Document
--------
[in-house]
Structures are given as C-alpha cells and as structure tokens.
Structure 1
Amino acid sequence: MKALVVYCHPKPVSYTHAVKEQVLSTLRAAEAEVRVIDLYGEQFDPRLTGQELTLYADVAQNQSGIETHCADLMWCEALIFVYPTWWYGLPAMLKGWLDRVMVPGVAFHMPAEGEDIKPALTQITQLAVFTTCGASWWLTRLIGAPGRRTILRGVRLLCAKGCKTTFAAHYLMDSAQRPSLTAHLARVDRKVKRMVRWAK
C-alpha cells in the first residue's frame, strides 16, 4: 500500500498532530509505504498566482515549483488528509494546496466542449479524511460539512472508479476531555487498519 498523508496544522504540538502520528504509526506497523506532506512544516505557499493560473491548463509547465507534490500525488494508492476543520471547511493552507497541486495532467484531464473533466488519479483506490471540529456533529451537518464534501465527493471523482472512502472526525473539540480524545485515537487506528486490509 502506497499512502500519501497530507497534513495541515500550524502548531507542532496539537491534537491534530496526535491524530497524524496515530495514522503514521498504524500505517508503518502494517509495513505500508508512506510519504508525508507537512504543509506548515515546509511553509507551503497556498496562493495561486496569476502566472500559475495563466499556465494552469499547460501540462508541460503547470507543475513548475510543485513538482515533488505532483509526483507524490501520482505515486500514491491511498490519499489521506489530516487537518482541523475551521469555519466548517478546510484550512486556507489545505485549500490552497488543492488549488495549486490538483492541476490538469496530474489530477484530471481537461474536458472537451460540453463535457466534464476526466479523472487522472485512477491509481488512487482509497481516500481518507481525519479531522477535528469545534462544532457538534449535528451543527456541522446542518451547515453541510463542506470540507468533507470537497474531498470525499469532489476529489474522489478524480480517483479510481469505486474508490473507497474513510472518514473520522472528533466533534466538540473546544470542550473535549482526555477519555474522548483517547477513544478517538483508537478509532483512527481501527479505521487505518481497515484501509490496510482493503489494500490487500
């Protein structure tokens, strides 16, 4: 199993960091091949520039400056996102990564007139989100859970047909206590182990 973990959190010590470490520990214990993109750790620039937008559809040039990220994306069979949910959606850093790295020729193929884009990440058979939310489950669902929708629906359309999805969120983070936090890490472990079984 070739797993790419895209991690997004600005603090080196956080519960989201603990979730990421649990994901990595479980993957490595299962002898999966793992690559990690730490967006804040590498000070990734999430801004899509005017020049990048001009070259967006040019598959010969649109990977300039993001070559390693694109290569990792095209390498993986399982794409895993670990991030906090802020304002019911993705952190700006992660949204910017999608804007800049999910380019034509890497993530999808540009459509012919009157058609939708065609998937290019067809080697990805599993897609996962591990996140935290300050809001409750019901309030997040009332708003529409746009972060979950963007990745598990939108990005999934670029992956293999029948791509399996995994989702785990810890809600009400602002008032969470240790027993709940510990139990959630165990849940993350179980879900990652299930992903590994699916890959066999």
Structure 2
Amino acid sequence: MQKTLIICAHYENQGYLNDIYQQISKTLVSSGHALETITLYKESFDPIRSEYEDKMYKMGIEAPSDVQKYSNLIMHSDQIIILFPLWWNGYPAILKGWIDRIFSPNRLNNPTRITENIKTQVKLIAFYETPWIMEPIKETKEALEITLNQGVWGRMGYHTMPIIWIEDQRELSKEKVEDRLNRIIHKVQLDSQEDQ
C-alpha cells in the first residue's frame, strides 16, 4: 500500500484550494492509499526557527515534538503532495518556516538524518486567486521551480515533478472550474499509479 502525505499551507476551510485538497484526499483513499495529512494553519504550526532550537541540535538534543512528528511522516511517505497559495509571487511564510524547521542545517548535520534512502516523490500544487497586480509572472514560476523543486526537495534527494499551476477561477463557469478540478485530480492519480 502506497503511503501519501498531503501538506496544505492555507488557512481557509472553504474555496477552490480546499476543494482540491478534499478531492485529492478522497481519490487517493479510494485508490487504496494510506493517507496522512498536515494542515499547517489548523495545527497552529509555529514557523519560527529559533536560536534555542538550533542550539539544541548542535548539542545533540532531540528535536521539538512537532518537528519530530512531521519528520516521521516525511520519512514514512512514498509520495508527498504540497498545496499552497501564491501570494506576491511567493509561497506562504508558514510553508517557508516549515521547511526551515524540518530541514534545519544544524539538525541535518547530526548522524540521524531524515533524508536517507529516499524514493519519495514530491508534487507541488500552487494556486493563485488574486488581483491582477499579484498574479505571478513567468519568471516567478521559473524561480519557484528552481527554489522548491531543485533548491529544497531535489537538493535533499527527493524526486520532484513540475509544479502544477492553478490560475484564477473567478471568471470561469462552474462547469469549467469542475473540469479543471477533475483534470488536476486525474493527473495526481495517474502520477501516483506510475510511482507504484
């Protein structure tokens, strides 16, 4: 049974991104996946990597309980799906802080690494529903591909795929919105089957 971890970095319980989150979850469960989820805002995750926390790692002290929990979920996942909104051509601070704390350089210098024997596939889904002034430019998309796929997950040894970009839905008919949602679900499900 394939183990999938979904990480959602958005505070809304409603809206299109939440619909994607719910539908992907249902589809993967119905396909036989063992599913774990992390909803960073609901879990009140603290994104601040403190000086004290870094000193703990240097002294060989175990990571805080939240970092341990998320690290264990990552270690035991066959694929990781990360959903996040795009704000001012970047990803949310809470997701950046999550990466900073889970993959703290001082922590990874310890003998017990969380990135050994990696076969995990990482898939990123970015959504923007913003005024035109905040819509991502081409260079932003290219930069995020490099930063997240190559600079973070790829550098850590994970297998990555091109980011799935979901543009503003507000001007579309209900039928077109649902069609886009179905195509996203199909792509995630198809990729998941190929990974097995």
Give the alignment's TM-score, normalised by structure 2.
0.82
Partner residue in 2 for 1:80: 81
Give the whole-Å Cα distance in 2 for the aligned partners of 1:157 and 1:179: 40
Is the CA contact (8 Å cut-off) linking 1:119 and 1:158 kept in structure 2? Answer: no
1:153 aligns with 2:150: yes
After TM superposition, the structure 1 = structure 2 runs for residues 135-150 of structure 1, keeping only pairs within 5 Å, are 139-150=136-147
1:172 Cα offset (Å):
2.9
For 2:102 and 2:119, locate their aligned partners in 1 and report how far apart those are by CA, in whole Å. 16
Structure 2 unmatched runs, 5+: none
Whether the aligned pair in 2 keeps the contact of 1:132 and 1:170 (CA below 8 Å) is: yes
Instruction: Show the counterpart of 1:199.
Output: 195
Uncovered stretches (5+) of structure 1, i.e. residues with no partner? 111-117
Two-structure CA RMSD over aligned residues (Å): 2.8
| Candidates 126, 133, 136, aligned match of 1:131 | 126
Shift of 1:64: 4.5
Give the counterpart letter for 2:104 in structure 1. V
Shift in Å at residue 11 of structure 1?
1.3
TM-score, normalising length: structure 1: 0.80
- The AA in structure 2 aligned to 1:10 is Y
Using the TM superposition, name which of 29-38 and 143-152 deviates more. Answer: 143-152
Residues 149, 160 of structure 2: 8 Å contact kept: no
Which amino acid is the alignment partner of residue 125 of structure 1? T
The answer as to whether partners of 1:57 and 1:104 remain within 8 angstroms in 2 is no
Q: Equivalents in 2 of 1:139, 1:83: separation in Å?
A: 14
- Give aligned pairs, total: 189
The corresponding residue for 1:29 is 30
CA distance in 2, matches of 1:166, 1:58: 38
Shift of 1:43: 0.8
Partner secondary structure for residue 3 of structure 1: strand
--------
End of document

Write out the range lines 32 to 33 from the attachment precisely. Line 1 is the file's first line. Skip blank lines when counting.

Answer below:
TM-score, normalising length: structure 1: 0.80
- The AA in structure 2 aligned to 1:10 is Y